Game of Thrones actor Richard Madden and Priyanka Chopra Jonas were cast as leads, with the actors spending most of 2021 shooting the show, which wrapped in December.
It was then that the production team behind Citadel began to crumble into factions. According to sources, Amazon had some reservations about early footage, with the Russos, who were less involved due to a focus on their own pricey action project, The Gray Man, parachuting in. This brought about creative differences and led to two competing cuts, one pushed by the Russos, the other by Appelbaum and Nemec. As weeks rolled on, other project commitments had whittled down the creative camps to two opposing forces, Joe Russo and Appelbaum, who was the series’ showrunner.
Amazon chose to bet on the Russos, and days before Christmas, Appelbaum was let go. Says one source connected to the project, “What should have happened was Joe turning to Josh and saying, ‘Let’s get together and fix this’ instead of going solo. That’s not what partners are supposed to do.”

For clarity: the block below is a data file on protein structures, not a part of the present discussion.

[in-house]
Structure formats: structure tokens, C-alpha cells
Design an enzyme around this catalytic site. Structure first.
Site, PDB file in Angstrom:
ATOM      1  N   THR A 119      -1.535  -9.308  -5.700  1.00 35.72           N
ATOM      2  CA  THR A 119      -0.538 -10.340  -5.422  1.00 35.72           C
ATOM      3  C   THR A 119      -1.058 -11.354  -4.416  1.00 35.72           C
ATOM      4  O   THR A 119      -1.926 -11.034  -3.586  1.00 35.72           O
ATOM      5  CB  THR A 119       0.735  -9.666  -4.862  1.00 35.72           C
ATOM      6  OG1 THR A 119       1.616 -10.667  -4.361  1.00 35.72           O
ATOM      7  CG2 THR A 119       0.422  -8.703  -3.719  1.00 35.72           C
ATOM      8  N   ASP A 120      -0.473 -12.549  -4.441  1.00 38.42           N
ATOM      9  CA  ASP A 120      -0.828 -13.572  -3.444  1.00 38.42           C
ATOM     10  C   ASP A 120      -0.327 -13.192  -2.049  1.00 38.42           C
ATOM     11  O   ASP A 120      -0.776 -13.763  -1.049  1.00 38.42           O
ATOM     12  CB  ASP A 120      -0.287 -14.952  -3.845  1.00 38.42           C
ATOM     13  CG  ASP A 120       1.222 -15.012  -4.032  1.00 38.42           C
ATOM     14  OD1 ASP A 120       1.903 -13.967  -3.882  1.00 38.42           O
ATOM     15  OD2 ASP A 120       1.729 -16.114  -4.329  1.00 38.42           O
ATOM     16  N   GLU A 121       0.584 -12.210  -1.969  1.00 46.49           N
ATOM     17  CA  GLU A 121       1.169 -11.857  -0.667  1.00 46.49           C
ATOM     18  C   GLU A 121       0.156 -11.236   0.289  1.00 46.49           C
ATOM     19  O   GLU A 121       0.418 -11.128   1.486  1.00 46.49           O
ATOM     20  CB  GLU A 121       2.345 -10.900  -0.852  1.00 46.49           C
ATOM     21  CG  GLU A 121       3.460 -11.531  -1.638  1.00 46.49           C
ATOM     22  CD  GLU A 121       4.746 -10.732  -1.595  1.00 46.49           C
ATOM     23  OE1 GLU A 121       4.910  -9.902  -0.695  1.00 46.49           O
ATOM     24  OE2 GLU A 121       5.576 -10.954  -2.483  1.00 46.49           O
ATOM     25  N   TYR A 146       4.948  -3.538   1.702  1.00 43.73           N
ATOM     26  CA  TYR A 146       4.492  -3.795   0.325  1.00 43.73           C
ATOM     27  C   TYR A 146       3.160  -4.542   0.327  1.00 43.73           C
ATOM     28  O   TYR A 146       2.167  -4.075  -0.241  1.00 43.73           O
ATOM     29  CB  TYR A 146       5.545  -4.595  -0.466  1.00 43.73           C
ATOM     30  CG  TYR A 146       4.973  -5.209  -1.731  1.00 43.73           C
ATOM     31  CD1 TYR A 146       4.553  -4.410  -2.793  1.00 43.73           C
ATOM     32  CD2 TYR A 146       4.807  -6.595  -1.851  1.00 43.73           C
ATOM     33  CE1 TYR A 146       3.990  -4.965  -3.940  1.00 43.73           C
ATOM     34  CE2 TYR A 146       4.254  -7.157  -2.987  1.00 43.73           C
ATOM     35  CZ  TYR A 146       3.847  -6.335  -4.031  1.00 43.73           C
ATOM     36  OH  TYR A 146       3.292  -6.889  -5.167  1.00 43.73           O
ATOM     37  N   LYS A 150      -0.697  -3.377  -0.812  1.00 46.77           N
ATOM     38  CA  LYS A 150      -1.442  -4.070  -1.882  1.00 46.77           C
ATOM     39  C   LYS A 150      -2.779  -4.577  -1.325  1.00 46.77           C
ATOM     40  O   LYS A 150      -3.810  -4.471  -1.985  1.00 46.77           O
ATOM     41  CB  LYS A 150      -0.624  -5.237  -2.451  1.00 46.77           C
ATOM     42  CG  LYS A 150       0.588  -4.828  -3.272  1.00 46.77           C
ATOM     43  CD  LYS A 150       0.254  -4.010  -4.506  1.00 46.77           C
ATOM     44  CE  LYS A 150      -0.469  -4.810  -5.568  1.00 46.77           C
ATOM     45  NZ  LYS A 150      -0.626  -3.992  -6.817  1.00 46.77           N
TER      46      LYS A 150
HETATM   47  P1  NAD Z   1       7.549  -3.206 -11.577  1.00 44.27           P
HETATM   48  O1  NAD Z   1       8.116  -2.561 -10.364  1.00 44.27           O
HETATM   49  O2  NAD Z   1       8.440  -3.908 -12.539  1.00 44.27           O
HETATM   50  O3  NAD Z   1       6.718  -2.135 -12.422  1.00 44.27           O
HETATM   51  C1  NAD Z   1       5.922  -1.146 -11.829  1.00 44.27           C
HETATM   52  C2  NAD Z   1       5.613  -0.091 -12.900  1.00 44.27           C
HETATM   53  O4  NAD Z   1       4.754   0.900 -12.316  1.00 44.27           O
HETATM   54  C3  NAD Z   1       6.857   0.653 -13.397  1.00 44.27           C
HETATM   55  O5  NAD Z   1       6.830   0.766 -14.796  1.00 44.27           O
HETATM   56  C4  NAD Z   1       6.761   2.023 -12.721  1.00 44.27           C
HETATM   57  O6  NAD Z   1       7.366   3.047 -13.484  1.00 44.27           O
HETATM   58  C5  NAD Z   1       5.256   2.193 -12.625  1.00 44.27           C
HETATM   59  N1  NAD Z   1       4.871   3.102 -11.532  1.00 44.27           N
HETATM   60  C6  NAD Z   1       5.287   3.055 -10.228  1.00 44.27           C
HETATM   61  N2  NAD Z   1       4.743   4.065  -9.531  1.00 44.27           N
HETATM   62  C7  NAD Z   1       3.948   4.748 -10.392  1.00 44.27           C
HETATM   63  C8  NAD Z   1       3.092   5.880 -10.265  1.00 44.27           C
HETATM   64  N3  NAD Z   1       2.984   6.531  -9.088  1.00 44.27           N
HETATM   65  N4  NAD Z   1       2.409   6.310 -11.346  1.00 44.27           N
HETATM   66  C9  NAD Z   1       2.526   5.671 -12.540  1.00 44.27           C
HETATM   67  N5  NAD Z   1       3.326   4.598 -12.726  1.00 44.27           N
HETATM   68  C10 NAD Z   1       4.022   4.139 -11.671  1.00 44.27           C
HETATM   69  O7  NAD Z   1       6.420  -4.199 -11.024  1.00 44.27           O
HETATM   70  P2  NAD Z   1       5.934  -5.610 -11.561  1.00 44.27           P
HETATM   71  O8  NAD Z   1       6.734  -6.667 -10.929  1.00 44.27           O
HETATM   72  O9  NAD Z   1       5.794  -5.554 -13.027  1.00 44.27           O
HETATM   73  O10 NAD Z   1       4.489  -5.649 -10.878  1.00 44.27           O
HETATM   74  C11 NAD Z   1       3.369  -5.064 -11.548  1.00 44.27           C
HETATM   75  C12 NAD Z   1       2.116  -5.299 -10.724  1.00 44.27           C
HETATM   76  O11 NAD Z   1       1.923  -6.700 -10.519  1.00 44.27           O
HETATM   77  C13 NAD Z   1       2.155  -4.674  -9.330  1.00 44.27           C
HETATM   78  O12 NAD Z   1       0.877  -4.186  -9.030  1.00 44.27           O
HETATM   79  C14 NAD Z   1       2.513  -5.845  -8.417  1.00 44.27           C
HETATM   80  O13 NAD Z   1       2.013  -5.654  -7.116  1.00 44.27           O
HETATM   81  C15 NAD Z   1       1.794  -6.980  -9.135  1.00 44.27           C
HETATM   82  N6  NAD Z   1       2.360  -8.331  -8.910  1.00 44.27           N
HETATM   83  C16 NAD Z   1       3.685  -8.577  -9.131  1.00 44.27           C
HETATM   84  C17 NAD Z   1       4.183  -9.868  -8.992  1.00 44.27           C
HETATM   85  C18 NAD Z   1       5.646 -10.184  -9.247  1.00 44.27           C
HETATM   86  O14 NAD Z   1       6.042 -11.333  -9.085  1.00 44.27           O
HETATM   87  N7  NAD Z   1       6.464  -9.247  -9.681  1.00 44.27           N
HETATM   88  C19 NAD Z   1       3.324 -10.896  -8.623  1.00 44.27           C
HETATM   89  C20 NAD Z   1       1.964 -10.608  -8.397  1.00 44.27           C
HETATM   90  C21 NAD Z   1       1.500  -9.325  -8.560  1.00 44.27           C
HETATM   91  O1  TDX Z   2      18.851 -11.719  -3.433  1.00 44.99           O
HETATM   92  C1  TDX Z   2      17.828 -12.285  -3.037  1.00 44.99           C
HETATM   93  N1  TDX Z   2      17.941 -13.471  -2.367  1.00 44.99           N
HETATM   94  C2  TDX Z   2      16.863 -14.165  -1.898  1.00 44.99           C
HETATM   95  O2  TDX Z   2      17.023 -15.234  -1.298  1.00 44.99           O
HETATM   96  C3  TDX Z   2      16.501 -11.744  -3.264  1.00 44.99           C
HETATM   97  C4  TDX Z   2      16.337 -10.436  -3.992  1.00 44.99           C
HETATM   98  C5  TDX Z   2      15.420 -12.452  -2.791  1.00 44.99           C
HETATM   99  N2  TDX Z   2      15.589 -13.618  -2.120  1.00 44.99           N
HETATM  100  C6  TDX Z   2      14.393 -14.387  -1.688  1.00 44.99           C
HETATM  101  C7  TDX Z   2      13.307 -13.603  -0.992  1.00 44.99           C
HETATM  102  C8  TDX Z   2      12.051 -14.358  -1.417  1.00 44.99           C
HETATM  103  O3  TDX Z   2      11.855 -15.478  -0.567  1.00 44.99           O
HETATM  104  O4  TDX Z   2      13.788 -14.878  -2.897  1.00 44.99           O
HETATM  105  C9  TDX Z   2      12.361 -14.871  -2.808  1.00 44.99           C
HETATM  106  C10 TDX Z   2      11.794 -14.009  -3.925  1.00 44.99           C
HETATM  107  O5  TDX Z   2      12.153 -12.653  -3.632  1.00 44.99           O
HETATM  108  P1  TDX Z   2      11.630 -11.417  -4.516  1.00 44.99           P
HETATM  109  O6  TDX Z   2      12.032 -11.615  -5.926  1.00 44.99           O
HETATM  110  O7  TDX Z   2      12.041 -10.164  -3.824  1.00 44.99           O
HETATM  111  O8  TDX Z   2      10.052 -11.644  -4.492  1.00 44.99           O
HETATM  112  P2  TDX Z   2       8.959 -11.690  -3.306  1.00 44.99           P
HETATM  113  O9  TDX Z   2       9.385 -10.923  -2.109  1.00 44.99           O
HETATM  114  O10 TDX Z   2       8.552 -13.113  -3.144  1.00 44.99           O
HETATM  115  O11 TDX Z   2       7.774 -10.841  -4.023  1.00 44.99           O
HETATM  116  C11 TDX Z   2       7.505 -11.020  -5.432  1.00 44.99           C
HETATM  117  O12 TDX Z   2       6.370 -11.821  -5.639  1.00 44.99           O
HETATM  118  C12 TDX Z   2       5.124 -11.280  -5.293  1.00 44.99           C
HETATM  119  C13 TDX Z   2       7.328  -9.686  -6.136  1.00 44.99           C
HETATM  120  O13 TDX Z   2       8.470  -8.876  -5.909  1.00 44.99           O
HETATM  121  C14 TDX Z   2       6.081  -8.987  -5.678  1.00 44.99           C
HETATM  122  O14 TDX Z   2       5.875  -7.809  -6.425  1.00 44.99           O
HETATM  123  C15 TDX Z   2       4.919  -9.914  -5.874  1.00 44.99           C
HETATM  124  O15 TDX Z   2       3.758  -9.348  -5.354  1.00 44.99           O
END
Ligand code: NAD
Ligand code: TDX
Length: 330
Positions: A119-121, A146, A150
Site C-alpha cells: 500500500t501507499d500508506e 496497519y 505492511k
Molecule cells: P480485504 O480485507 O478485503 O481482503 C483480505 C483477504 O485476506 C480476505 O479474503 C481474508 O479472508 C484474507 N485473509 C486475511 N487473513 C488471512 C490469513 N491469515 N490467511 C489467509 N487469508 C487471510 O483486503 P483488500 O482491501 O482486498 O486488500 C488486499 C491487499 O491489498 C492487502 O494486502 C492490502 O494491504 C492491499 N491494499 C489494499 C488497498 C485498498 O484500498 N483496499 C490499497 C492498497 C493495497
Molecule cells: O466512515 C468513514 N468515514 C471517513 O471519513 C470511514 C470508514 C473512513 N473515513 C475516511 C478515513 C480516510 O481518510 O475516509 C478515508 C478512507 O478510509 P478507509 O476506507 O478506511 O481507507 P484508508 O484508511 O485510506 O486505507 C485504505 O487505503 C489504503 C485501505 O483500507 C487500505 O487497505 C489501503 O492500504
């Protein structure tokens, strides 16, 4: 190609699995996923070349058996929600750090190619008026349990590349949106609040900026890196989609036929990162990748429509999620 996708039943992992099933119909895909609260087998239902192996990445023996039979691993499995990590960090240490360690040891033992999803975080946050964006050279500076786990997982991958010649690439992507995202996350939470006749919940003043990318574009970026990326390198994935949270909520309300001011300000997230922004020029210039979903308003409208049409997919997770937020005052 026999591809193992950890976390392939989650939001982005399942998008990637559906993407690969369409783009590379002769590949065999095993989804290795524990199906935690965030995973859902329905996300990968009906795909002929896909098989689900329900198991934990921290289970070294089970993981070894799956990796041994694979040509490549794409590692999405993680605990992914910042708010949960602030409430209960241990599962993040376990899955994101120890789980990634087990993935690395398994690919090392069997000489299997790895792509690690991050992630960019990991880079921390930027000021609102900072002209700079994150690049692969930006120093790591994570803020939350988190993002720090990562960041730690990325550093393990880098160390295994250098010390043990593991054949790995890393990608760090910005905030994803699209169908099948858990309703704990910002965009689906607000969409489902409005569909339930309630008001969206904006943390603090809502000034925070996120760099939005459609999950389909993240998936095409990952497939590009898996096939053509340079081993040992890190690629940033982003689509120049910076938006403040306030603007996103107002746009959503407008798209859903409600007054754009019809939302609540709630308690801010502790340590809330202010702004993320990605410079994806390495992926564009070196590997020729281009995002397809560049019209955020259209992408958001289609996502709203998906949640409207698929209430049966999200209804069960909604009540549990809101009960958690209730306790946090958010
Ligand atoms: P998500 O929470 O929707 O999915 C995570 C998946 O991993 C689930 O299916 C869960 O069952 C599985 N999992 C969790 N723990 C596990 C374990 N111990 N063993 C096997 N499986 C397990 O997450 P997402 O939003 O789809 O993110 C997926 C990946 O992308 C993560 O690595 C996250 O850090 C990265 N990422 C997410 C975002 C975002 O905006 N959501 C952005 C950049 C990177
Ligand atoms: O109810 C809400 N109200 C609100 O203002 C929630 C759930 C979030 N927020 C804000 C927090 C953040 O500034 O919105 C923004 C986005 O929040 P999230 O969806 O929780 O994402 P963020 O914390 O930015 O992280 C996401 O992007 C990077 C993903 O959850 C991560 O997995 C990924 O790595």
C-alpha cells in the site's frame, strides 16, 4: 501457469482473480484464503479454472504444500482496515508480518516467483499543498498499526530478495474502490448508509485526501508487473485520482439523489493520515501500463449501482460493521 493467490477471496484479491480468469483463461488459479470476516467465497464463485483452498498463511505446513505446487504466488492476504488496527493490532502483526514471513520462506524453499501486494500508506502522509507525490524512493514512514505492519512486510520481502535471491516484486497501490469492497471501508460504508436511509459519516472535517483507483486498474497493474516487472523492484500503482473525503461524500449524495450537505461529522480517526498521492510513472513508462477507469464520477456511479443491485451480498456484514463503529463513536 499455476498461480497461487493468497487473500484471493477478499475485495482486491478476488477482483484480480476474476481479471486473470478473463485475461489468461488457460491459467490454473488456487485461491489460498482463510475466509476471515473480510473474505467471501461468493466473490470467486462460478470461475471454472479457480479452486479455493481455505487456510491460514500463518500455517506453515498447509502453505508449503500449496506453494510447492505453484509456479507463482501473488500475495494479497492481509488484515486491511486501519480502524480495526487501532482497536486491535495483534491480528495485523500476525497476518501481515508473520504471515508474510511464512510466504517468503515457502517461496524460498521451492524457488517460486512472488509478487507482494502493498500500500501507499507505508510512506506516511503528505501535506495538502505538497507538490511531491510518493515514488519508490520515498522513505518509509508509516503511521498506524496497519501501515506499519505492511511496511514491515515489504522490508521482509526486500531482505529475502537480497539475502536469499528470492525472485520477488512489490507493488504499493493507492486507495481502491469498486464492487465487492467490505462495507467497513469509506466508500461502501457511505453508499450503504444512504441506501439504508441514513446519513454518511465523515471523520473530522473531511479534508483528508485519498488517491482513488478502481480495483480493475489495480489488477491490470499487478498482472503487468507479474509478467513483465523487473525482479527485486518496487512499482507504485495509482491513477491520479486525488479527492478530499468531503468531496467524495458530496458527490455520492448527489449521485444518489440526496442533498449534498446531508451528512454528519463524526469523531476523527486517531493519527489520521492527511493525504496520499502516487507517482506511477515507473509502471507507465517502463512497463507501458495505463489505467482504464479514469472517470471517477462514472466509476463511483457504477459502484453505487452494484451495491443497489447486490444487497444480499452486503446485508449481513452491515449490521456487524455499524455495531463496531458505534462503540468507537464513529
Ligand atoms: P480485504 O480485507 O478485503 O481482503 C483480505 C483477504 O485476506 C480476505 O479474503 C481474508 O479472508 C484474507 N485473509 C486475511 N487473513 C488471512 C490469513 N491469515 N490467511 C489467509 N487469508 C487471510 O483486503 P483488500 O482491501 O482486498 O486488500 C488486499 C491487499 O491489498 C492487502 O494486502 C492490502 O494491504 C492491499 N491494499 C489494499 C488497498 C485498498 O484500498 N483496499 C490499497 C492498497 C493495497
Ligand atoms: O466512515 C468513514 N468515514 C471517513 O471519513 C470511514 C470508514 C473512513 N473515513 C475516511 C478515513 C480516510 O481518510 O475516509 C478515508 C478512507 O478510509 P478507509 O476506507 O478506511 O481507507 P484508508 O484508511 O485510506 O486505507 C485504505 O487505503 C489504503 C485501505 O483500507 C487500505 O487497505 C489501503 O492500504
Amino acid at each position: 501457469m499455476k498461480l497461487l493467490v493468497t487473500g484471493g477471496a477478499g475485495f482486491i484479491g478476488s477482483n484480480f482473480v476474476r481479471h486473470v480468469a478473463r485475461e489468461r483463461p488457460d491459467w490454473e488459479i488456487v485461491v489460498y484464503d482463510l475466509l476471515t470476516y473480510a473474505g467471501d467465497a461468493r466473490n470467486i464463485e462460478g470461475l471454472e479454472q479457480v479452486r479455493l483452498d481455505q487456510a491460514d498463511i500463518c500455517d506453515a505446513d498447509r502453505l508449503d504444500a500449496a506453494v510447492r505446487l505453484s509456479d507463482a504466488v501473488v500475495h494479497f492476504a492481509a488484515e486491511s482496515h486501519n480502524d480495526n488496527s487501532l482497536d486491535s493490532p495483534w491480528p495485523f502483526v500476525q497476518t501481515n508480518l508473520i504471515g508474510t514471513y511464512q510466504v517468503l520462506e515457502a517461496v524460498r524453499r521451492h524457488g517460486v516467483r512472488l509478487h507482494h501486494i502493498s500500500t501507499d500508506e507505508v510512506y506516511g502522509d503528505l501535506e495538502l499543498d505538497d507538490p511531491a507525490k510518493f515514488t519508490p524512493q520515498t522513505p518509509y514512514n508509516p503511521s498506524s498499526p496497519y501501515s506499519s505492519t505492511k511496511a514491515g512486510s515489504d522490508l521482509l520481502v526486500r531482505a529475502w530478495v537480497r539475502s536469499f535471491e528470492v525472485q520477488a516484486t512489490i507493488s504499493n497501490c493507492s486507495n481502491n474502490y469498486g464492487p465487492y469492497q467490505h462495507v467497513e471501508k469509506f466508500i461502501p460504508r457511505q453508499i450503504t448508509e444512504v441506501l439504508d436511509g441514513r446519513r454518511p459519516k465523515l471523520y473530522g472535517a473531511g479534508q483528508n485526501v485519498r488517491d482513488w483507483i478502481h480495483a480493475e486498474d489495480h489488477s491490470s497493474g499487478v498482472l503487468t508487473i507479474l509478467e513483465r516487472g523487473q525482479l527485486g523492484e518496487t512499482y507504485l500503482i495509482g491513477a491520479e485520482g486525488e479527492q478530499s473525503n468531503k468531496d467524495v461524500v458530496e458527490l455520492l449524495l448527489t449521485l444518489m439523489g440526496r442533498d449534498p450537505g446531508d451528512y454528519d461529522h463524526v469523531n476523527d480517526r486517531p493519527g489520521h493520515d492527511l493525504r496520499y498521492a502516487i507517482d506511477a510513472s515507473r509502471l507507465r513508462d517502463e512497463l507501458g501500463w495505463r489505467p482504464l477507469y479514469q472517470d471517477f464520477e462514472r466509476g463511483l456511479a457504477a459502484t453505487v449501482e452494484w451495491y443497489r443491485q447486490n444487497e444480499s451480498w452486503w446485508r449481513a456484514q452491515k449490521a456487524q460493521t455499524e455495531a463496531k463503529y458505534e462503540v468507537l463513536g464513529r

Appelbaum didn’t leave alone, however. Brian Kirk, known for his work on Game of Thrones and Penny Dreadful, and who directed five out of the seven episodes, also exited, as did line producer Sarah Bradshaw, among others.
Amazon had no comment on the budget or the exits. Two insiders noted that while the budget did hit upwards of $250 million gross, that included high COVID-19 costs, not factored in when the series was initially greenlit. Nor does it account for significant tax credits for shooting in locales such as London.
AGBO had no comment. WME, which reps Appelbaum and Nemec, also had no comment.
Another insider notes that across the television landscape, cost overruns and show overhauls have been occurring more frequently in recent years. “A lot of shows are suffering because executives are inexperienced for this level of production or dealing with artists,” says one TV veteran. Citadel’s scale was so complex it was shooting three units at once, according to sources.
It is unclear where and how the divergent visions for the show arose. One person familiar with the conflict says Appelbaum’s version of the pilot introduced the spies via a spectacular ski and hang-gliding sequence, setting up a spy-vs.-spy situation before flash-forwarding the story five years, with the heroes having no memory of their previous occupation. Russo’s version, according to this source, began at that five-year mark, jettisoning the action sequence.